Background: There is some recent research indicating that, among students admitted to the Ph.D. program, their GRE scores are not very useful for predicting success in the Ph.D. program. This appears to provide a cautionary note against relying on GRE scores in Ph.D. admissions.

Predictors of Student Productivity in Biomedical Graduate School Applications. Joshua D. Hall, Anna B. O’Connell, Jeanette G. Cook. PLOS One, Jan 11, 2017.

The Limitations of the GRE in Predicting Success in Biomedical Graduate School. Liane Moneta-Koehler, Abigail M. Brown, Kimberly A. Petrie, Brent J. Evans, Roger Chalkley. PLOS One, Jan 11, 2017.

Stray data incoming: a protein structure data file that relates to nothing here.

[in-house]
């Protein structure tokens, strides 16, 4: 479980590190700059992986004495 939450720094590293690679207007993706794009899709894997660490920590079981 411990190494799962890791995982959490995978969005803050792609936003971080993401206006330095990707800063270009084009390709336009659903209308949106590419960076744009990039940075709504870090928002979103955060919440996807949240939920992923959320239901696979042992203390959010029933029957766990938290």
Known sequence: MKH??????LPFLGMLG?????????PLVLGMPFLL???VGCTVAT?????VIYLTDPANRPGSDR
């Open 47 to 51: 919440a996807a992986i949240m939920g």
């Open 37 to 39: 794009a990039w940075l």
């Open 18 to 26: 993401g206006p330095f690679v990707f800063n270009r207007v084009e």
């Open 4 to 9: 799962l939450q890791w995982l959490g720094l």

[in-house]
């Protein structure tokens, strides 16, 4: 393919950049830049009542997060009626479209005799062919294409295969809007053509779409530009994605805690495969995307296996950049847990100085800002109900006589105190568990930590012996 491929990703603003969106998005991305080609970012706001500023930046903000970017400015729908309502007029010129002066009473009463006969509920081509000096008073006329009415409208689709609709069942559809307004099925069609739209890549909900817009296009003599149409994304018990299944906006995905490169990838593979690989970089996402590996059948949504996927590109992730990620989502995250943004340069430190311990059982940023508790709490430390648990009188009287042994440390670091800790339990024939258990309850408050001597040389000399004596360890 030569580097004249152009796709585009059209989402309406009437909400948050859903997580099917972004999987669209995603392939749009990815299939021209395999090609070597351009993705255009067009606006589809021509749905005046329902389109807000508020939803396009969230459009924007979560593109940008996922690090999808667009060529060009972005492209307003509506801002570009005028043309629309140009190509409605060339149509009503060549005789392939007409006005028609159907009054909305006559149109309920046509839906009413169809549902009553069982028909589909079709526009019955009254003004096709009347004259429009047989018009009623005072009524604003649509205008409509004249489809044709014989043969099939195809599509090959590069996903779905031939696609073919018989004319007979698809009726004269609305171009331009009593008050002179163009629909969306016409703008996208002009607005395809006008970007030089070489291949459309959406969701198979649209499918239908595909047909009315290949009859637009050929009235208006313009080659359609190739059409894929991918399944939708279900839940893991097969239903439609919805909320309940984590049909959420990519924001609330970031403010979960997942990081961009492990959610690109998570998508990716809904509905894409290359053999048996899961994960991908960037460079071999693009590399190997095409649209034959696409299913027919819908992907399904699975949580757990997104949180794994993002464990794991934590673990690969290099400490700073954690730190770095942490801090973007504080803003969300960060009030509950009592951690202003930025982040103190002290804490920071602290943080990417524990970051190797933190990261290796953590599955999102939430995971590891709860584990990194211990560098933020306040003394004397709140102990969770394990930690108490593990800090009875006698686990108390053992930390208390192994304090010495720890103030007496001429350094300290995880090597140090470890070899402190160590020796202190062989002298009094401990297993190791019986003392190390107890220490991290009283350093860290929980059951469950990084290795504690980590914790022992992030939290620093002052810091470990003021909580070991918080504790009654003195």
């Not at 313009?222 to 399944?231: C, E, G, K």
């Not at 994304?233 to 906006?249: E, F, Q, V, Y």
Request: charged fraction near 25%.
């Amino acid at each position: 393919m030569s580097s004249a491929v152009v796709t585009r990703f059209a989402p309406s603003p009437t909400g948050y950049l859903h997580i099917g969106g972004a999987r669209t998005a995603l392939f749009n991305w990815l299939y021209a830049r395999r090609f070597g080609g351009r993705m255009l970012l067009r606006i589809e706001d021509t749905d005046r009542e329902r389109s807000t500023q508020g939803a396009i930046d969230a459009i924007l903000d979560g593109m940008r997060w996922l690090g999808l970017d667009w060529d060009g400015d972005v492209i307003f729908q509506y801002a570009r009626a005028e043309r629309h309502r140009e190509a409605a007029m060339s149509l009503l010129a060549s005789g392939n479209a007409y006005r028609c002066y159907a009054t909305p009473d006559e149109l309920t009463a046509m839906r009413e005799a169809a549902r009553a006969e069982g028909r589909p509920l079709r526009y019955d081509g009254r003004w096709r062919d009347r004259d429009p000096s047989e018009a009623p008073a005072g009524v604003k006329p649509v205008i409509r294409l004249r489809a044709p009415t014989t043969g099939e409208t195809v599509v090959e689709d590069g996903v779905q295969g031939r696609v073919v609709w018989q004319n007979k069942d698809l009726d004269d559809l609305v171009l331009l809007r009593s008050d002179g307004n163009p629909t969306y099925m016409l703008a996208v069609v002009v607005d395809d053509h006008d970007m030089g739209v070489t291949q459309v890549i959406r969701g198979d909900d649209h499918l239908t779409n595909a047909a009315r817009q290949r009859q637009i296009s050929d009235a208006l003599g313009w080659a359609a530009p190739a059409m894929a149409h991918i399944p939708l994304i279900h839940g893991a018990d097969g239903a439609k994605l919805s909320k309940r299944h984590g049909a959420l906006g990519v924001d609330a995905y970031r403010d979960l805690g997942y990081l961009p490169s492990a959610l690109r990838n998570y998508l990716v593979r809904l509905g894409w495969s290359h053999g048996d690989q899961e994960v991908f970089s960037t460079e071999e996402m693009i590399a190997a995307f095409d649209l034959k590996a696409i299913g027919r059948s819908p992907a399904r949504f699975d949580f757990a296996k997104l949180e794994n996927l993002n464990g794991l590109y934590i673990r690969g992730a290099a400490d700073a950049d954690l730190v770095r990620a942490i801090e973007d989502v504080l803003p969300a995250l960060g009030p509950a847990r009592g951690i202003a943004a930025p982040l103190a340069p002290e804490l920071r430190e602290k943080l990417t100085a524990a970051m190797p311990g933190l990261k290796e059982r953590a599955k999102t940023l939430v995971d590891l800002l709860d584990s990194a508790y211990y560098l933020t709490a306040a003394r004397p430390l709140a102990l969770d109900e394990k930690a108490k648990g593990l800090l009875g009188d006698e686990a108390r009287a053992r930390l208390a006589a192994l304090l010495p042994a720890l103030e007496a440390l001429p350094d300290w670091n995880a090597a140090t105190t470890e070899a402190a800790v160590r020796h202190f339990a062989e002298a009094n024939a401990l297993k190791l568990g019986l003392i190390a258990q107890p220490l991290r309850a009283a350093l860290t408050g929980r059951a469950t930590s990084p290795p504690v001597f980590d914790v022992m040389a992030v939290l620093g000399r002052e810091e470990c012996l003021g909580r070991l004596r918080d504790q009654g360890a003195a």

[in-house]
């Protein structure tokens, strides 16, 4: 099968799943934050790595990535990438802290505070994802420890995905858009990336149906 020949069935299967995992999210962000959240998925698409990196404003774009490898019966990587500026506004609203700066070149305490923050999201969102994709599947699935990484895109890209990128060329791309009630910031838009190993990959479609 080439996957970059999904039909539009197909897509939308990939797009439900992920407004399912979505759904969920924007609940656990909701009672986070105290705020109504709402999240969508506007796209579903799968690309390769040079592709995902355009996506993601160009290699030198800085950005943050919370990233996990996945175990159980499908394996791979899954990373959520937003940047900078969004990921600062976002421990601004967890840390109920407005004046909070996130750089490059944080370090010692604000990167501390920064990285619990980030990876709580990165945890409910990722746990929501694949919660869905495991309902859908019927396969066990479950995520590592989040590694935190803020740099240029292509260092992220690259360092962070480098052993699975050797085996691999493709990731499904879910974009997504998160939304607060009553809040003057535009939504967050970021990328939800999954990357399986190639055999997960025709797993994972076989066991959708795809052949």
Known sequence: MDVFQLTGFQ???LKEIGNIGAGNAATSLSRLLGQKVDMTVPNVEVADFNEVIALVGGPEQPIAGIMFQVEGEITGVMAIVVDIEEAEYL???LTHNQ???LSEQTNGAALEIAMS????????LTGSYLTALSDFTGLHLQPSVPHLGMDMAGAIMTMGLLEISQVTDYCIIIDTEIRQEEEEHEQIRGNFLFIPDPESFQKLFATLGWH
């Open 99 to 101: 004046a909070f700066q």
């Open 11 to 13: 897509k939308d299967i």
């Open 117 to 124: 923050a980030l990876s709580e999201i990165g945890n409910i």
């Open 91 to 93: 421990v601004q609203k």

However, this was limited to studying a population of students who had already been admitted to the Ph.D. program, so they are presumably all above a certain bar.

My question: Is there any evidence about whether GRE scores are useful as an initial filter for Ph.D. admissions? For instance, if an applicant's GRE scores are significantly below the norm, does this contain useful information? For instance, see this answer to GRE: how important is it to get it in time?, where mention is made of using GRE as a low-bar filter to prune the non-serious applications. If there is evidence about whether this is effective or not, it would be useful to know, to guide the design of the Ph.D. admissions process.


1 Answer 1


ETS has quite a bit in defense of the predictive value. Of course, take it with a grain of salt. Still, I think you will find less issues with range restriction in their studies (or studies they cite).




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